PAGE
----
Siemens launches wide-bore midfield MRI scanner
Updated: Oct 11, 2021
A new midfield MRI scanner with a wide 80-cm bore, Magnetom Free.Max, was among the products unveiled by Siemens Healthineers at Shape 21, a virtual event held on 17 November. The vendor also took the wraps off the Syngo Carbon image and data management platform.
Magnetom Free.Max is a whole-body 0.55-tesla MRI scanner that is the smallest and most lightweight MRI scanner Siemens Healthineers has ever brought to market, according to Christiane Bernhardt, vice president of marketing and sales for the company's MR business line. The scanner is designed to offer users high economic value while also opening up new clinical applications, she said.
Siemens Healthineers believes that while MRI has wrought major changes to medical imaging since its introduction, it still may be underutilized, according to Jan Chudzik, head of global product marketing for MRI.
"There is no doubt MRI has created great clinical value in the past, but there are still spots even within the hospital that would benefit from MRI, but the distance either to the radiology department or the imaging center is limiting it," he said. "Our vision behind Magnetom Free.Max is to bring the value of MRI closer to patients."
In developing Free.Max, Siemens Healthineers wanted to design a system with an ultrawide magnet bore that would make the scanner well-suited for imaging claustrophobic and obese patients, while also being easy to site and operate. The scanner's 80-cm bore is 10 cm wider than the next widest MRI scanner in the company's product line, and its table supports patients weighing up to 320 kilos.
The system's small size makes it easy to install, Bernhardt told AuntMinnieEurope.com. Free.Max is small enough to be installed in a room in the intensive care unit (ICU), which opens up new possibilities in terms of scanning patients who no longer have to be transported to the radiology department -- an important consideration in these days of COVID-19. Even urgent care centers could be possible locations for the system, in a hub-and-spoke configuration that would bring medical imaging even closer to patients.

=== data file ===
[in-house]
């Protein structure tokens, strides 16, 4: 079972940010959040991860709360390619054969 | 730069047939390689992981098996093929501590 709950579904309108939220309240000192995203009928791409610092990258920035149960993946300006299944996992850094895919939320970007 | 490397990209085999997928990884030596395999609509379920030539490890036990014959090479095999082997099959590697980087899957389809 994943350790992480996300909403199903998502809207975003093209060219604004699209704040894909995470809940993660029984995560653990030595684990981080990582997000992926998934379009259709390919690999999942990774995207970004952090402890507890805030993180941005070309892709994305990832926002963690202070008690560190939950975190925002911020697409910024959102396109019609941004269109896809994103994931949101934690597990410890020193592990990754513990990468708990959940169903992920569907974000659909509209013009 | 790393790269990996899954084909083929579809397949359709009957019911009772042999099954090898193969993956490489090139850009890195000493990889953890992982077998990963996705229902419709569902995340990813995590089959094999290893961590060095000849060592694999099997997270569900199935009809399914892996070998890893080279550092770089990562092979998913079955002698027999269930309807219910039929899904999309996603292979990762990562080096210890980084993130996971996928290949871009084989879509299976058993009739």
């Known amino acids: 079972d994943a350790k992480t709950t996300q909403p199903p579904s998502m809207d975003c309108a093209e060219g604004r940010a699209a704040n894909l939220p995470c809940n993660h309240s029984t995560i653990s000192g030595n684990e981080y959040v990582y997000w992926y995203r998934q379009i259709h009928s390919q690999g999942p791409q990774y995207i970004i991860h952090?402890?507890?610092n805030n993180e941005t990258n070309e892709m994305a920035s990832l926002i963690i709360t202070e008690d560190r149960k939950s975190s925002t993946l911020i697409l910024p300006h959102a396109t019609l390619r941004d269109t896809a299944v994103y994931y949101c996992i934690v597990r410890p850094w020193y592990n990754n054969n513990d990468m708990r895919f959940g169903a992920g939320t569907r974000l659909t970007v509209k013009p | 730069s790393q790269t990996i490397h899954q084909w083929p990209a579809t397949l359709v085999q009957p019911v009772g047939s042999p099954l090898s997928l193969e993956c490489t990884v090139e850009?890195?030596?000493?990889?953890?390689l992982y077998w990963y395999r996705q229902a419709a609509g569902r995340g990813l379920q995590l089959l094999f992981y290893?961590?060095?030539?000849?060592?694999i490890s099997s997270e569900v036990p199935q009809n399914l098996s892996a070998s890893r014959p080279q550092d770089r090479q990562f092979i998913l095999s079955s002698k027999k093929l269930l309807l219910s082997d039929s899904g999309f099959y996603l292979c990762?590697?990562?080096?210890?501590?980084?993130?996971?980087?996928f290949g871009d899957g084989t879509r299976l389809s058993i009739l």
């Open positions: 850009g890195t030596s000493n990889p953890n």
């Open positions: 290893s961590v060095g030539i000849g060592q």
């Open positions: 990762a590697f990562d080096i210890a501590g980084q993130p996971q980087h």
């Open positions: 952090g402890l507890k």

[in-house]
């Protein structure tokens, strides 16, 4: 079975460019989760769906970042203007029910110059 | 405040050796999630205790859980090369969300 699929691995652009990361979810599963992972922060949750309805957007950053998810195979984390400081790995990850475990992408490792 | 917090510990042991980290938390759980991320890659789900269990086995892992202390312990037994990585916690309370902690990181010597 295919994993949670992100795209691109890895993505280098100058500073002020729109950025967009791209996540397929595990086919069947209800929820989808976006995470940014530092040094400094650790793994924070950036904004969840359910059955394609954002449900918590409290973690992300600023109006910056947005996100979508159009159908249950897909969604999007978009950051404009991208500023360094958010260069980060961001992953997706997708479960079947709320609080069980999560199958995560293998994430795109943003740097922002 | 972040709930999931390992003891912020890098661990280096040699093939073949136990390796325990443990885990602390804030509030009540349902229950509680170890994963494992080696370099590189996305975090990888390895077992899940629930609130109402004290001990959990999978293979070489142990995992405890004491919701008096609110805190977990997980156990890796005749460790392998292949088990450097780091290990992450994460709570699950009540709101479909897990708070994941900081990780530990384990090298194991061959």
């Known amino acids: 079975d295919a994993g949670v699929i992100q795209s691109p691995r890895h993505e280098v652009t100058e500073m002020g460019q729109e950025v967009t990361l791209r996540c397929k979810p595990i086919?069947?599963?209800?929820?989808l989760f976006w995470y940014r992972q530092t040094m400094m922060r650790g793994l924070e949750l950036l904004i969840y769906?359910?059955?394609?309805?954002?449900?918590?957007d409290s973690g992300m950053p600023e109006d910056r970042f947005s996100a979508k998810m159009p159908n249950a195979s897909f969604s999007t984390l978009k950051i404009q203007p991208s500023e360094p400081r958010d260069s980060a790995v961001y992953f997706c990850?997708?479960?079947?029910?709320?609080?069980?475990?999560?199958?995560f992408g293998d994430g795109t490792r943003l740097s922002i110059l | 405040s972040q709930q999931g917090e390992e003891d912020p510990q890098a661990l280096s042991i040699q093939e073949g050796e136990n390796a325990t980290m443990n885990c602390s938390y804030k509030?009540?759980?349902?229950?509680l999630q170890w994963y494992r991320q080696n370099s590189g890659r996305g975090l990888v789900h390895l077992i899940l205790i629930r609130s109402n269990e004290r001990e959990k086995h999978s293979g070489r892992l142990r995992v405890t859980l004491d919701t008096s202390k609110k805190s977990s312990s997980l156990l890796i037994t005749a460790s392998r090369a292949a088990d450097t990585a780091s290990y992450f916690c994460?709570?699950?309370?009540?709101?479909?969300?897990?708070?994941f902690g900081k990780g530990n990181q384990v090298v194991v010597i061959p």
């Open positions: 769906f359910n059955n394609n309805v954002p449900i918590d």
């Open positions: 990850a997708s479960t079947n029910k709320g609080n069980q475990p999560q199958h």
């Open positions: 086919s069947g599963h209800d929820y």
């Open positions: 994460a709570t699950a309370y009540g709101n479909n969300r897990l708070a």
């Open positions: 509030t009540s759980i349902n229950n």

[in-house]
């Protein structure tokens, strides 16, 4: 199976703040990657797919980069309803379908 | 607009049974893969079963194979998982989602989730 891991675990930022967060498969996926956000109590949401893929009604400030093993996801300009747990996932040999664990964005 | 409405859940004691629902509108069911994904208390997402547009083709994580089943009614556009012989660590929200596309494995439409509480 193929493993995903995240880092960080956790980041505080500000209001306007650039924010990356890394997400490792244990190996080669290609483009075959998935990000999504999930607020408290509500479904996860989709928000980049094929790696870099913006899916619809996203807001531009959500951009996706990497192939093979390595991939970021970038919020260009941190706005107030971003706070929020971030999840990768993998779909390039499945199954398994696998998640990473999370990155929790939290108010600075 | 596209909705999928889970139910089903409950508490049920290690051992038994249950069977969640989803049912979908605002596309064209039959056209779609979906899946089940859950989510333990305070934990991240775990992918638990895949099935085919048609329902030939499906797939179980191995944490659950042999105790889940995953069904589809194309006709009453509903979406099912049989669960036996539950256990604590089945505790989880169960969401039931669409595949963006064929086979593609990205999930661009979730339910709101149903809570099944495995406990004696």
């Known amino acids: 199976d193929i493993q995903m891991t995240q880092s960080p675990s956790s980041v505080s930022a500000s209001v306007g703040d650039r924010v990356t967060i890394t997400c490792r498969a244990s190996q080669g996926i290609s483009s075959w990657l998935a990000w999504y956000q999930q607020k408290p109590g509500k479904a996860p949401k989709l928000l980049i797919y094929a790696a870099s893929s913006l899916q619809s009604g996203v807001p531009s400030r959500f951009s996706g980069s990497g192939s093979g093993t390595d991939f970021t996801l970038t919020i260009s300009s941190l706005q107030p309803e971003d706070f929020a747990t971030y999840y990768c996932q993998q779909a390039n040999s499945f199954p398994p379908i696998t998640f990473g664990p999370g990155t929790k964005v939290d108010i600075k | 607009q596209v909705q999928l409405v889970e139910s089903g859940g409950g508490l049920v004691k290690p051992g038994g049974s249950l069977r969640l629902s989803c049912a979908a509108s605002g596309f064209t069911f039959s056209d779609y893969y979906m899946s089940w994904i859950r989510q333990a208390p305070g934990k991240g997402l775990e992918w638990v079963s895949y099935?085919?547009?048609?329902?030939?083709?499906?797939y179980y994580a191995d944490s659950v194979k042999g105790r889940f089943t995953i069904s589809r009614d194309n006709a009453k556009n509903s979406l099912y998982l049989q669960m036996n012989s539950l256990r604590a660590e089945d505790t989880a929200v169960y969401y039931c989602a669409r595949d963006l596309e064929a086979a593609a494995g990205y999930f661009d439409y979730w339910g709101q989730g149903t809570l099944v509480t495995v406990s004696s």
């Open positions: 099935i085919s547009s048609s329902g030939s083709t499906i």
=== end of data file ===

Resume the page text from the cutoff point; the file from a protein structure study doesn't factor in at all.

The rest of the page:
What's more, Free.Max requires less than 1 liter of helium to keep its superconducting magnet cold, compared with hundreds of liters for a conventional MRI scanner. Conventional systems also require a quench pipe, which can add significant siting and construction costs. That's not necessary with Free.Max.
Free.Max is capable of performing the full range of clinical applications possible on conventional MRI scanners. New applications are possible based on where the system is sited, such as stroke diagnosis in the ICU or imaging fever of unknown origin. Using MRI could enable patients to be scanned without the use of ionizing radiation, as is the case with CT or x-ray.
The scanner employs the same user interface as other MRI systems in the Magnetom product line, and it also employs Siemens Healthineers' myExam Companion technology for assisting radiographers with setting up and performing exams using standardized protocols. The system makes it easier for radiographers with less training to use the scanner, and it even makes remote operation possible.
Siemens Healthineers plans to sell Free.Max globally, with initial deliveries expected first in Europe after the product receives the CE Mark. The first deliveries in the U.S. are expected in the second half of 2021, after the unit receives 510(k) clearance from the U.S. Food and Drug Administration.
In addition to Free.Max, the vendor also gave attendees at Shape 21 a look at Syngo Carbon, a new software environment for enterprise-wide interpretation and reporting of medical images. Syngo Carbon integrates digital data from different hospital departments and presents it within a unified environment, simplifying workflow and making it easier for clinicians to work together.
Unlike traditional PACS, Syngo Carbon works with all types of medical image data, not just DICOM files, and includes files from pathology, endoscopy, and cardiology. Syngo Carbon users can continue to use their existing technologies and data, according to the company.